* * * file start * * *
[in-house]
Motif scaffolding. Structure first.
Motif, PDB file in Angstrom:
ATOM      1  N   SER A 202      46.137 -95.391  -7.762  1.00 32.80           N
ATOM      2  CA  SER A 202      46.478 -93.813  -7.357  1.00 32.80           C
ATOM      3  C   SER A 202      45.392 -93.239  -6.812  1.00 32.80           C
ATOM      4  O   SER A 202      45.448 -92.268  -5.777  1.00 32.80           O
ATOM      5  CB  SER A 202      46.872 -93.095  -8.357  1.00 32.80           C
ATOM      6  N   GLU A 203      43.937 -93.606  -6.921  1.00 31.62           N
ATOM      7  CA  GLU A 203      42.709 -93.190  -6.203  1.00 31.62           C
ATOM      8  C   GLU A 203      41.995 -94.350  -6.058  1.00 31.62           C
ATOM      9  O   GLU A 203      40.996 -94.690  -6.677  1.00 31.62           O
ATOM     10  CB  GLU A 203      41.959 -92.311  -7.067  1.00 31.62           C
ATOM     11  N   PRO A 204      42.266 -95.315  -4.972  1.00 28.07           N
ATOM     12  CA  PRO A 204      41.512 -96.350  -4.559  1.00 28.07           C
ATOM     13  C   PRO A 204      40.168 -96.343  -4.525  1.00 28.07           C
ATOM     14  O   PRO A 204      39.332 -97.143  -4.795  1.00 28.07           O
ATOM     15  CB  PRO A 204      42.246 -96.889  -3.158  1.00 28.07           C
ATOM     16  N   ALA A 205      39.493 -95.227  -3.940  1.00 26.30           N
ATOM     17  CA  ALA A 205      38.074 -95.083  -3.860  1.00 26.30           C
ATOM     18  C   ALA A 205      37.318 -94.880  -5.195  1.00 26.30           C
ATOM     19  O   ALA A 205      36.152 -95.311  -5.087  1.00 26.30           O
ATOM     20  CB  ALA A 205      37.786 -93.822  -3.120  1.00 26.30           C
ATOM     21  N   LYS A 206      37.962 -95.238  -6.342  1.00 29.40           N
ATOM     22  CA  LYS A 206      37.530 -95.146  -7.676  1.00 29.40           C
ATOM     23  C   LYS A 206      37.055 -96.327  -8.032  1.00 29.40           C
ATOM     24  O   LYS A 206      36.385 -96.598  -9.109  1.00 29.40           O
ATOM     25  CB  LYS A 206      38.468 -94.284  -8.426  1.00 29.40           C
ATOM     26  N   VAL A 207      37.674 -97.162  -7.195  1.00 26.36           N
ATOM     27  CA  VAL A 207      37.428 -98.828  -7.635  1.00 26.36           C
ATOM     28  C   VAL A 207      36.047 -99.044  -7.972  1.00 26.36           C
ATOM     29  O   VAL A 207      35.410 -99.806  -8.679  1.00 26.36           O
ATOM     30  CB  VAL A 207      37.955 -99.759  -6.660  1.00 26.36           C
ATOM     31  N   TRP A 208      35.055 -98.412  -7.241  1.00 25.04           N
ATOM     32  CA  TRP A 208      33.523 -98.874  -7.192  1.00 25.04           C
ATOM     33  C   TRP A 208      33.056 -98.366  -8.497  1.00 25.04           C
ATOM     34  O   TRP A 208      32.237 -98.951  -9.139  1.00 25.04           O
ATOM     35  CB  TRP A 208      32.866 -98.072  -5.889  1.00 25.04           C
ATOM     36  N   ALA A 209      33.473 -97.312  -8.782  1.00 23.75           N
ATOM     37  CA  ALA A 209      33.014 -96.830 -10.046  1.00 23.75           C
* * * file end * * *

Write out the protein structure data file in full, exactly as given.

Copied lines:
[in-house]
Motif scaffolding. Structure first.
Motif, PDB file in Angstrom:
ATOM      1  N   SER A 202      46.137 -95.391  -7.762  1.00 32.80           N
ATOM      2  CA  SER A 202      46.478 -93.813  -7.357  1.00 32.80           C
ATOM      3  C   SER A 202      45.392 -93.239  -6.812  1.00 32.80           C
ATOM      4  O   SER A 202      45.448 -92.268  -5.777  1.00 32.80           O
ATOM      5  CB  SER A 202      46.872 -93.095  -8.357  1.00 32.80           C
ATOM      6  N   GLU A 203      43.937 -93.606  -6.921  1.00 31.62           N
ATOM      7  CA  GLU A 203      42.709 -93.190  -6.203  1.00 31.62           C
ATOM      8  C   GLU A 203      41.995 -94.350  -6.058  1.00 31.62           C
ATOM      9  O   GLU A 203      40.996 -94.690  -6.677  1.00 31.62           O
ATOM     10  CB  GLU A 203      41.959 -92.311  -7.067  1.00 31.62           C
ATOM     11  N   PRO A 204      42.266 -95.315  -4.972  1.00 28.07           N
ATOM     12  CA  PRO A 204      41.512 -96.350  -4.559  1.00 28.07           C
ATOM     13  C   PRO A 204      40.168 -96.343  -4.525  1.00 28.07           C
ATOM     14  O   PRO A 204      39.332 -97.143  -4.795  1.00 28.07           O
ATOM     15  CB  PRO A 204      42.246 -96.889  -3.158  1.00 28.07           C
ATOM     16  N   ALA A 205      39.493 -95.227  -3.940  1.00 26.30           N
ATOM     17  CA  ALA A 205      38.074 -95.083  -3.860  1.00 26.30           C
ATOM     18  C   ALA A 205      37.318 -94.880  -5.195  1.00 26.30           C
ATOM     19  O   ALA A 205      36.152 -95.311  -5.087  1.00 26.30           O
ATOM     20  CB  ALA A 205      37.786 -93.822  -3.120  1.00 26.30           C
ATOM     21  N   LYS A 206      37.962 -95.238  -6.342  1.00 29.40           N
ATOM     22  CA  LYS A 206      37.530 -95.146  -7.676  1.00 29.40           C
ATOM     23  C   LYS A 206      37.055 -96.327  -8.032  1.00 29.40           C
ATOM     24  O   LYS A 206      36.385 -96.598  -9.109  1.00 29.40           O
ATOM     25  CB  LYS A 206      38.468 -94.284  -8.426  1.00 29.40           C
ATOM     26  N   VAL A 207      37.674 -97.162  -7.195  1.00 26.36           N
ATOM     27  CA  VAL A 207      37.428 -98.828  -7.635  1.00 26.36           C
ATOM     28  C   VAL A 207      36.047 -99.044  -7.972  1.00 26.36           C
ATOM     29  O   VAL A 207      35.410 -99.806  -8.679  1.00 26.36           O
ATOM     30  CB  VAL A 207      37.955 -99.759  -6.660  1.00 26.36           C
ATOM     31  N   TRP A 208      35.055 -98.412  -7.241  1.00 25.04           N
ATOM     32  CA  TRP A 208      33.523 -98.874  -7.192  1.00 25.04           C
ATOM     33  C   TRP A 208      33.056 -98.366  -8.497  1.00 25.04           C
ATOM     34  O   TRP A 208      32.237 -98.951  -9.139  1.00 25.04           O
ATOM     35  CB  TRP A 208      32.866 -98.072  -5.889  1.00 25.04           C
ATOM     36  N   ALA A 209      33.473 -97.312  -8.782  1.00 23.75           N
ATOM     37  CA  ALA A 209      33.014 -96.830 -10.046  1.00 23.75           C